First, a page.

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DMO pegs debt service-to-revenue ratio at 73.5%, says it’s unsustainable

DMO pegs debt service-to-revenue ratio at 73.5%, says it’s unsustainable
June 23
15:55 2023

The Debt Management Office (DMO) says Nigeria’s debt service-to-revenue ratio in 2023 stands at 73.5 percent, describing the figure as unsustainable and a threat.

This is contained in DMO’s recent report, titled, ‘Market Access Country-Debt Sustainability Analysis (MAC-DSA)’ for 2022.

The MAC-DSA is a template used to analyse debt levels to determine future debt sustainability.

The debt agency said the results of last year’s MAC-DSA showed that the total public debt-to-GDP ratio was projected to jump to 37.1 percent in 2023, relative to 23.4 percent as at September 2022.


The proposed increment, according to the agency, was due to the inclusion of the N8.80 trillion new borrowings for the year 2023, and the ways and means advances at the Central Bank of Nigeria (CBN) of over N23 trillion.

The report also listed promissory notes issuance of N2.87 trillion in the debt stock under the baseline scenario.

“The country’s debt stock remains sustainable under these criteria, space has been reduced when compared to Nigeria’s self-imposed debt limit of 40 percent set in the medium-term debt management strategy (MTDS), 2020-2023,” the DMO said.


“On the other hand, the debt service-to-revenue ratio at 73.5 percent in 2023 exceeds the recommended threshold of 50 percent due to low revenue, which means that there is a need to significantly increase government revenue.

“Under the alternative scenario, the total public debt-to-GDP ratio at 45.4 percent in 2023 exceeds Nigeria’s self-imposed debt limit of 40 percent. “

Given the outcome of the MAC-DSA report, the DMO called for moderation in new borrowings.

“The baseline analysis projects total public debt-to-GDP ratio at 37.1 percent for 2023, indicating a borrowing space of 2.9 percent (equivalent of about N14.66 trillion) when compared to the self-imposed limit of 40 percent.” the debt agency added.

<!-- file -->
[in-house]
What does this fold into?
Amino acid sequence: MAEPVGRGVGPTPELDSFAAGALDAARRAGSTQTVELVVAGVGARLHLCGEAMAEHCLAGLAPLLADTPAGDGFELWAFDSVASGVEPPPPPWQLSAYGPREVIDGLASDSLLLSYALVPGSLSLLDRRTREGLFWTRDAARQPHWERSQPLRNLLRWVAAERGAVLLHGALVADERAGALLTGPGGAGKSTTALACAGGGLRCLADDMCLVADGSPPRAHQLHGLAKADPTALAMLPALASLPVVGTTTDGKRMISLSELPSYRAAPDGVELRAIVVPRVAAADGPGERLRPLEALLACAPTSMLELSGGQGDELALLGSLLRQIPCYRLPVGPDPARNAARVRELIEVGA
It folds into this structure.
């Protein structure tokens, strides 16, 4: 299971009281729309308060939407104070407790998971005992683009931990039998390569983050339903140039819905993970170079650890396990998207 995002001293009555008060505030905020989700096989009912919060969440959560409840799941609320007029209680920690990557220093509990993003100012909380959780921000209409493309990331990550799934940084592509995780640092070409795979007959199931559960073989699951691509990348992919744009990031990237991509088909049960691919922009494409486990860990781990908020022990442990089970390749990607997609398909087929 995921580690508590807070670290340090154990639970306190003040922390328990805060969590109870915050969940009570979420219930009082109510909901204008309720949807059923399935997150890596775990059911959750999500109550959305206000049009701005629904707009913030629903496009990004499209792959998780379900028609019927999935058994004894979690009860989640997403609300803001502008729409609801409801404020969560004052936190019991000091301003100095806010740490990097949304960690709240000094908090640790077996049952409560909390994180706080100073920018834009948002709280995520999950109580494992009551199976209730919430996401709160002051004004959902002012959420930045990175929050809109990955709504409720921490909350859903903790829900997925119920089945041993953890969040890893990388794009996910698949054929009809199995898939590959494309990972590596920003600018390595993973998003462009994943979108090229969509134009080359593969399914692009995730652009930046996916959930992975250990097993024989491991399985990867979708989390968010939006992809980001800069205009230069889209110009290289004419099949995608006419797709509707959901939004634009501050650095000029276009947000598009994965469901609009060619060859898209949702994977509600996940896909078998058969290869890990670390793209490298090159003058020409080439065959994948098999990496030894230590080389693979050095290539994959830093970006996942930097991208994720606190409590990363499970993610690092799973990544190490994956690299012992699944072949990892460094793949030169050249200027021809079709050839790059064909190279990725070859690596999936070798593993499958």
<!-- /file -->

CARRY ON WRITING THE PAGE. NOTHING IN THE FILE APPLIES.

“But it is recommended that this should not be used as a basis for higher levels of borrowing as was the case in the 2023 budget.

“This is because the outcome of the shock scenario, which is more realistic in the circumstances, exceeded the self-imposed limit.”


According to the DMO, the high debt-servicing ratio means that the revenue profile cannot support higher levels of borrowing.


“Attaining a sustainable FGN debt service-to-revenue ratio would require an increase of FGN revenue from N10.49 trillion projected in 2023 budget to about N15.5  trillion,” the agency said.

On the expansion in fiscal deficit, the DMO said there was a need to strictly adhere to the provision of extant legislation on government borrowing.


It also emphasised the need to prioritise revenue generation.

“There is an urgent need to pay more attention to revenue generation by implementing far-reaching revenue mobilisation initiatives and reforms including the strategic revenue growth initiatives and all its pillars,” the agency said.


“This is with a view to raising the country’s tax revenue to GDP ratio from about 7 percent (one of the lowest in the world) to that of its peers.

“Government should encourage the private sector to fund infrastructure projects through the PPP schemes and take out capital projects in the budget that are being funded from borrowing to reduce the budget deficit and borrowing.


“Government can also reduce borrowing through privatisation and sale of government assets.”

In 2022, Nigeria’s debt service-to-revenue ratio was at 80.6 percent  — a figure far above World Bank’s suggested 22.5 percent for low-income countries like Nigeria.

On the sidelines of the World Economic Forum held in Davos earlier in the year, Zainab Ahmed, former minister of finance, budget, and national planning, said the nation plans to bring down the ratio to 60 percent in 2023.

But on May 19, 2023, KPMG said the debt service-to-revenue ratio may exceed 100 percent this year.

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